New Driver On TourJanuary 16, 2017

How does a PGA Tour player put a driver in play designed by an armchair engineer? Very carefully.

Kevin Streelman, who was a judge on Wilson Golf’s Driver Vs. Driver television show is going to put the winning Triton DVD driver in play this week at the PGA Tour’s CareerBuilder Challenge. In speaking with Streelman about the decision he made two things very clear: This was not a kneejerk decision and he’s not contractually bound to do it.

“Dead honest—I’m not getting any bonus and haven’t signed anything contractual to play this club,” said Streelman, who does have an endorsement contract with Wilson, but it does not include the driver. “I love to support Wilson and the company, but for me to switch to this club it had to be as good if not better than what I was using before. I know some people will be saying, ‘Oh, he’s getting paid a lot of money to switch’ but that’s not the case.”

While it would be easy to raise an eyebrow to that statement, consider Streelman has played 10 years on the PGA Tour and only had a driver contract for half of one season. He has essentially used two drivers for the last six seasons. It’s not an easy club to get in Streelman’s bag.

“I’m very particular about my driver,” said Streelman, a winner of two PGA Tour events. “It’s the best club in my bag year to year. I’ve been top 20, 30 in driving most every year I’ve been on tour [he’s been in the top 26 in strokes gained/driving three of the last four years]. I was all about being fun and supportive during the design process, but once I had a prototype to hit, I was going to be their toughest critic.”

Now 38, Streelman knows he needs to find the right launch angle to spin ratio in order to keep up with the Justin Thomas’ of the world. ShotLink shows Streelman’s numbers at a shade over 11 degrees launch and 2,554 spin. Not bad, but not ideal.

“Triton is high launch and low spin which for me is very exciting because I tend to have a spinnier ball flight,” noted Streelman. “I’m excited to see my swing launch it at 12 to 13 degrees with 2,200 to 2,300 rpms of spin. Before when I got that high on launch the spin was closer to 3,000. That difference can equate to 20 to 30 yards of roll on the firm fairways of the PGA Tour.”

Streelman’s testing process involves a significant amount of time on TrackMan gathering data using clubs built to specific specs. “Whenever a company wants me to try a club I say ‘it has to be this length; this shaft, tipped this amount, with this grip.’ Basically I want to compare apples to apples,” said Streelman. After gathering his data from TrackMan, Streelman then goes on course. “You play practice rounds or money matches with it and it’s amazing what you’ll see on the golf course that you don’t see on a range,” he said. “That’s because we play at a different speed on the course. There’s a different intention of the shot. There’s the nerve factor. You have to play with some pressure to see how it truly performs. Then I’ll take it to maybe a pro-am, then give it a shot in a tournament. That’s how I do my business. It’s critical to get it right and I’m a harsh critic. It’s my livelihood and that of my family on the line. It has to be right.”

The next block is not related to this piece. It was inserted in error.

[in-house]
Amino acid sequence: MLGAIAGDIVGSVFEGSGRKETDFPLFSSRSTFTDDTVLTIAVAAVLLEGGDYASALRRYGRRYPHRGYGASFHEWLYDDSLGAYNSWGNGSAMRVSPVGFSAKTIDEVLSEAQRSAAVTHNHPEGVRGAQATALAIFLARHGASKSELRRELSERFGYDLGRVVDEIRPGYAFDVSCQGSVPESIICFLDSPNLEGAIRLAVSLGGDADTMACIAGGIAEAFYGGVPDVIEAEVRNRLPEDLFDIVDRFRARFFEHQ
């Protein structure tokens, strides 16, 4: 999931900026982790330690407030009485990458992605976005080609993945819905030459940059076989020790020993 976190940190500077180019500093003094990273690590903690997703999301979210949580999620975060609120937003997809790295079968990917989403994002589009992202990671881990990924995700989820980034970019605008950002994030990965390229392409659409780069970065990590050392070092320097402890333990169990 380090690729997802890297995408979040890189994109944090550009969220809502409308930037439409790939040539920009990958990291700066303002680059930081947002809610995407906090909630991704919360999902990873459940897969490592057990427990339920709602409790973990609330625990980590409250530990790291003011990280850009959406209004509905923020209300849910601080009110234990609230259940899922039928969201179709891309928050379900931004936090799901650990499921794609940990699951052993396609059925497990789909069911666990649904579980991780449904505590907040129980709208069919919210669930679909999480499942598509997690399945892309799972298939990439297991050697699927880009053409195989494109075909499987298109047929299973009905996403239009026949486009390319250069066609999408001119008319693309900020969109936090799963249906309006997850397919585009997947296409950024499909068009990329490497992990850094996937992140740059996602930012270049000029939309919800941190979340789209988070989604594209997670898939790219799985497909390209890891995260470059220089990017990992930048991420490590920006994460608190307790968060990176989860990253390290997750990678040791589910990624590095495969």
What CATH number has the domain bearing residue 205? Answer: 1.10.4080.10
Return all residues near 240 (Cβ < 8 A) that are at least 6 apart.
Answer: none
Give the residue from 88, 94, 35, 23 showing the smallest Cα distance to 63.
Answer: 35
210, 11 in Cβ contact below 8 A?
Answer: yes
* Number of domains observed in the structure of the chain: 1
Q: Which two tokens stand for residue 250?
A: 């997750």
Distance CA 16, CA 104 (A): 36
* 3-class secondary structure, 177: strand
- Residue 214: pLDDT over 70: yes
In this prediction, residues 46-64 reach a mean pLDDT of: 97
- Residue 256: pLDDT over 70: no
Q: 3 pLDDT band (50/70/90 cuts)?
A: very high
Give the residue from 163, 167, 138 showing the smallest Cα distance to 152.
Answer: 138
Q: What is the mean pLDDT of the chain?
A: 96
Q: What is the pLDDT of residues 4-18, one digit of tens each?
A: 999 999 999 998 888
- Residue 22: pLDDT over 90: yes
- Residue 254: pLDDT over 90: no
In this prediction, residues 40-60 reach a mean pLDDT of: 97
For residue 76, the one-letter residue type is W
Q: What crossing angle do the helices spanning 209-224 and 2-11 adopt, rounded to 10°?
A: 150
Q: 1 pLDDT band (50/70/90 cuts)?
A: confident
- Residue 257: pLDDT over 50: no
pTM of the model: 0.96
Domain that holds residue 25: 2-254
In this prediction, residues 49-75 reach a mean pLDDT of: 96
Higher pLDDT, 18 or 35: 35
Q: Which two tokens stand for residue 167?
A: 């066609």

Part of getting it right was arriving at the final setup. After extensive testing at his home course of Whisper Rock as well as TPC Scottsdale, Streelman arrived at a 9 degree clubhead with the loft setting at neutral. The adjustable sole plate is the lighter, 9-gram carbon fiber version (which Streelman says also helped reduce spin) and the weights are 6 grams in the heel, 6 grams in the back and 2 grams in the toe. The final piece was the shaft.

“At first I struggled with it because we kept trying to build it to the same spec as my Ping G30, which I have used for three years now,” Streelman said. “I kept trying my Aldila Rogue shaft but it didn’t feel right in the Triton. Then we tried some different shafts and one, the blue Oban Kiyoshi Tour Limited, clicked. I was seeing the ball flight I wanted with the lower spin.”

All of which, along with taking some of ex-Chicago Bear and fellow Driver vs. Driver judge Brian Urlacher’s money at Whisper Rock, has Streelman confident enough to put it in play in PGA Tour competition.

“I’m really excited to see what this driver can do under tournament conditions,” said Streelman. “I had a great start in the fall and I hope this thing makes it in the bag all year and I win multiple times with it. You can’t predict what the future will hold, but it’ll be in the bag this week so we’ll see.”

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